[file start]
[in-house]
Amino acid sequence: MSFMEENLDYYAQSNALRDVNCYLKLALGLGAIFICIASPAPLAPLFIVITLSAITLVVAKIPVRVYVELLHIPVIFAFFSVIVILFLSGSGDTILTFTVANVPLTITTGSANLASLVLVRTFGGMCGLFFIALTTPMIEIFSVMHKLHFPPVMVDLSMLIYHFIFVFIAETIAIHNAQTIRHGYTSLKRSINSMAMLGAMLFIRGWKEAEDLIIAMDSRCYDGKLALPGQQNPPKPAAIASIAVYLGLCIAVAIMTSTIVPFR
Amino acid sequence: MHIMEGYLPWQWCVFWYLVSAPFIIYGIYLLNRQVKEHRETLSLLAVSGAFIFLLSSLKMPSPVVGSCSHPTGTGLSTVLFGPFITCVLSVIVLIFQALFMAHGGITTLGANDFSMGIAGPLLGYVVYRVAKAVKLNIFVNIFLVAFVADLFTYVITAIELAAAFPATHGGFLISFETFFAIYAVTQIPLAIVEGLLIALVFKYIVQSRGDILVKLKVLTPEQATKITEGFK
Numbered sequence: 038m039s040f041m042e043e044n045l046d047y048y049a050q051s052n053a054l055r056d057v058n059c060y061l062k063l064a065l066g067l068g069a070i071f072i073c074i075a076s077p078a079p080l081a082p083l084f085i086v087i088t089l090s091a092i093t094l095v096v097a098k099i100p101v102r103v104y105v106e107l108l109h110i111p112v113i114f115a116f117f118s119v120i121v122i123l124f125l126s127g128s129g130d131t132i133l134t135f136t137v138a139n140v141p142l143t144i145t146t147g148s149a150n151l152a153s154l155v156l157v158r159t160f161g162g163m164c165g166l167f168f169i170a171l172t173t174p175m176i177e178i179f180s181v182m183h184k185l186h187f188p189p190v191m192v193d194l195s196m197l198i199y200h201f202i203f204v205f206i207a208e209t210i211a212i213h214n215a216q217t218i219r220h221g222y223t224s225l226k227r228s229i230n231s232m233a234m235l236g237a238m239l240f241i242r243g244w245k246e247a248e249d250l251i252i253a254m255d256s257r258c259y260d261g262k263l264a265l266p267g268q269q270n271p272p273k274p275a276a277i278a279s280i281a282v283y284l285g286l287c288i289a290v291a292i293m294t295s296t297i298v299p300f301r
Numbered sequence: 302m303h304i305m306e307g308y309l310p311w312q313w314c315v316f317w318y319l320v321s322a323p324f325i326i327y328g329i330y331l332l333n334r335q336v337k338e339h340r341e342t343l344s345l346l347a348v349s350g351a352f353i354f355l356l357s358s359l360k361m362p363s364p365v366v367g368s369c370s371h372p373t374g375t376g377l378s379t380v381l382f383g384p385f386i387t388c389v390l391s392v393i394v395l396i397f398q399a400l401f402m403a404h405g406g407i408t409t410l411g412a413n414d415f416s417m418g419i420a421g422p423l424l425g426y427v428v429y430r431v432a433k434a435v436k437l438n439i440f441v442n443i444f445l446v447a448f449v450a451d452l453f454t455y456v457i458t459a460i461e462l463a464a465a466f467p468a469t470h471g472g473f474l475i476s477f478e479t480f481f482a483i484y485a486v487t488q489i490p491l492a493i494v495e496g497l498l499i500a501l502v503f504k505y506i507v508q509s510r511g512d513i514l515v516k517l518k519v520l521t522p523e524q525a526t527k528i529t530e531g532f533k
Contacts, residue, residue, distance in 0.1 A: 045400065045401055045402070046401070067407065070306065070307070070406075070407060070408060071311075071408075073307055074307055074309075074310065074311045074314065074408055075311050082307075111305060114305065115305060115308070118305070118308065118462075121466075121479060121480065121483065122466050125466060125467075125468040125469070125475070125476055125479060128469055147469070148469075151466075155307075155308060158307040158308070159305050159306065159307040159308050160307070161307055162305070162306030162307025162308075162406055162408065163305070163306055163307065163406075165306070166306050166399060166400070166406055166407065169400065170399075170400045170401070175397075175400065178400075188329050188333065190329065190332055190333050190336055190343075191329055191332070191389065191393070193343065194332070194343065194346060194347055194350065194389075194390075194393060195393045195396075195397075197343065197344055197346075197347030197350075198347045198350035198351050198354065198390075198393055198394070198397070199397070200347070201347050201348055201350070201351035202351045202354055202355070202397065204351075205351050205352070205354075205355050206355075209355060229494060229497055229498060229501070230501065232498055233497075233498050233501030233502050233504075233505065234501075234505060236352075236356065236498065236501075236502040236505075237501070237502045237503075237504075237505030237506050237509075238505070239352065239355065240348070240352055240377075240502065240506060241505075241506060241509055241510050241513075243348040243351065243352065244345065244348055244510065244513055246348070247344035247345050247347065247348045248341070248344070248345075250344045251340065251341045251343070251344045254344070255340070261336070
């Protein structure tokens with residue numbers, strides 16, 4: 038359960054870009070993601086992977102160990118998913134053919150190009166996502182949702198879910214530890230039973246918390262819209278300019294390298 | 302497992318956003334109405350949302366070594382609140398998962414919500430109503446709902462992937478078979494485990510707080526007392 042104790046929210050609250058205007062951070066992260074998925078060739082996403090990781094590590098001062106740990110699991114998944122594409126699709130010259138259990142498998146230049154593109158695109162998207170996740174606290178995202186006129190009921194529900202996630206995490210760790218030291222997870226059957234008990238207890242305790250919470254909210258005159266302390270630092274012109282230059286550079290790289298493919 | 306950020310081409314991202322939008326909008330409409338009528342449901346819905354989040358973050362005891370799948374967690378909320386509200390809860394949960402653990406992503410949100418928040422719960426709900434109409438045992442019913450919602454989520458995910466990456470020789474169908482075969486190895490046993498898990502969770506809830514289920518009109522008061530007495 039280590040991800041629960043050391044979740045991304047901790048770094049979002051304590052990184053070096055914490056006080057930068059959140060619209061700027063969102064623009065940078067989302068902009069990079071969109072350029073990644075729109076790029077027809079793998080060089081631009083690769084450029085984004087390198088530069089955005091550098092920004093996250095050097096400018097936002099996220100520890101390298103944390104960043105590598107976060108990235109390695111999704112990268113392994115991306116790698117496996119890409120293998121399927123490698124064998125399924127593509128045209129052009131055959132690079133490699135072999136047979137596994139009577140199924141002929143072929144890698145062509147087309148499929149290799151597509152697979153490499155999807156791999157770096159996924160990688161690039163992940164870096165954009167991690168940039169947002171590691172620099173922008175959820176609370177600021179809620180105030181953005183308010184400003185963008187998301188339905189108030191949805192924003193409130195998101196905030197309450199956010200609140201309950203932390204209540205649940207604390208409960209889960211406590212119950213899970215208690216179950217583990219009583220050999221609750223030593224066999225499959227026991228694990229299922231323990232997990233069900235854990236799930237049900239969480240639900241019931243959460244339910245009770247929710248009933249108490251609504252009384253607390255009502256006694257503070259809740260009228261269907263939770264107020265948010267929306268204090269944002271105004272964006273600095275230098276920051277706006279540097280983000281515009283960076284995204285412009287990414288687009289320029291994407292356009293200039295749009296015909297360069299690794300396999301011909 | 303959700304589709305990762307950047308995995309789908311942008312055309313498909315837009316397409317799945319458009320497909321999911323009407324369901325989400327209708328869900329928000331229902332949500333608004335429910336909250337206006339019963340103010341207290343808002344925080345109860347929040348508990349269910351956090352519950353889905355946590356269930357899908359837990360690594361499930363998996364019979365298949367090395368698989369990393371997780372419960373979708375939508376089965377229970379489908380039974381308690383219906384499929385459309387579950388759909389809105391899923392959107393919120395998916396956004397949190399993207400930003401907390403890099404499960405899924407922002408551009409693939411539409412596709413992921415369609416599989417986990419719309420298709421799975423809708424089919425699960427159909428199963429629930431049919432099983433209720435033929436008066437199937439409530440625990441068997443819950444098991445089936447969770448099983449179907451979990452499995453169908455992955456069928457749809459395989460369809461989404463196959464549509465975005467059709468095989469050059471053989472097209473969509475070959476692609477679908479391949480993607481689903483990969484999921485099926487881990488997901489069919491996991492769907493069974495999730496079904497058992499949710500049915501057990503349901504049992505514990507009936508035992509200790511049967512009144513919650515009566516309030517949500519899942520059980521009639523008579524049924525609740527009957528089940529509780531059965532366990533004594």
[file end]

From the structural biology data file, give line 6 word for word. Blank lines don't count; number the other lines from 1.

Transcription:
Contacts, residue, residue, distance in 0.1 A: 045400065045401055045402070046401070067407065070306065070307070070406075070407060070408060071311075071408075073307055074307055074309075074310065074311045074314065074408055075311050082307075111305060114305065115305060115308070118305070118308065118462075121466075121479060121480065121483065122466050125466060125467075125468040125469070125475070125476055125479060128469055147469070148469075151466075155307075155308060158307040158308070159305050159306065159307040159308050160307070161307055162305070162306030162307025162308075162406055162408065163305070163306055163307065163406075165306070166306050166399060166400070166406055166407065169400065170399075170400045170401070175397075175400065178400075188329050188333065190329065190332055190333050190336055190343075191329055191332070191389065191393070193343065194332070194343065194346060194347055194350065194389075194390075194393060195393045195396075195397075197343065197344055197346075197347030197350075198347045198350035198351050198354065198390075198393055198394070198397070199397070200347070201347050201348055201350070201351035202351045202354055202355070202397065204351075205351050205352070205354075205355050206355075209355060229494060229497055229498060229501070230501065232498055233497075233498050233501030233502050233504075233505065234501075234505060236352075236356065236498065236501075236502040236505075237501070237502045237503075237504075237505030237506050237509075238505070239352065239355065240348070240352055240377075240502065240506060241505075241506060241509055241510050241513075243348040243351065243352065244345065244348055244510065244513055246348070247344035247345050247347065247348045248341070248344070248345075250344045251340065251341045251343070251344045254344070255340070261336070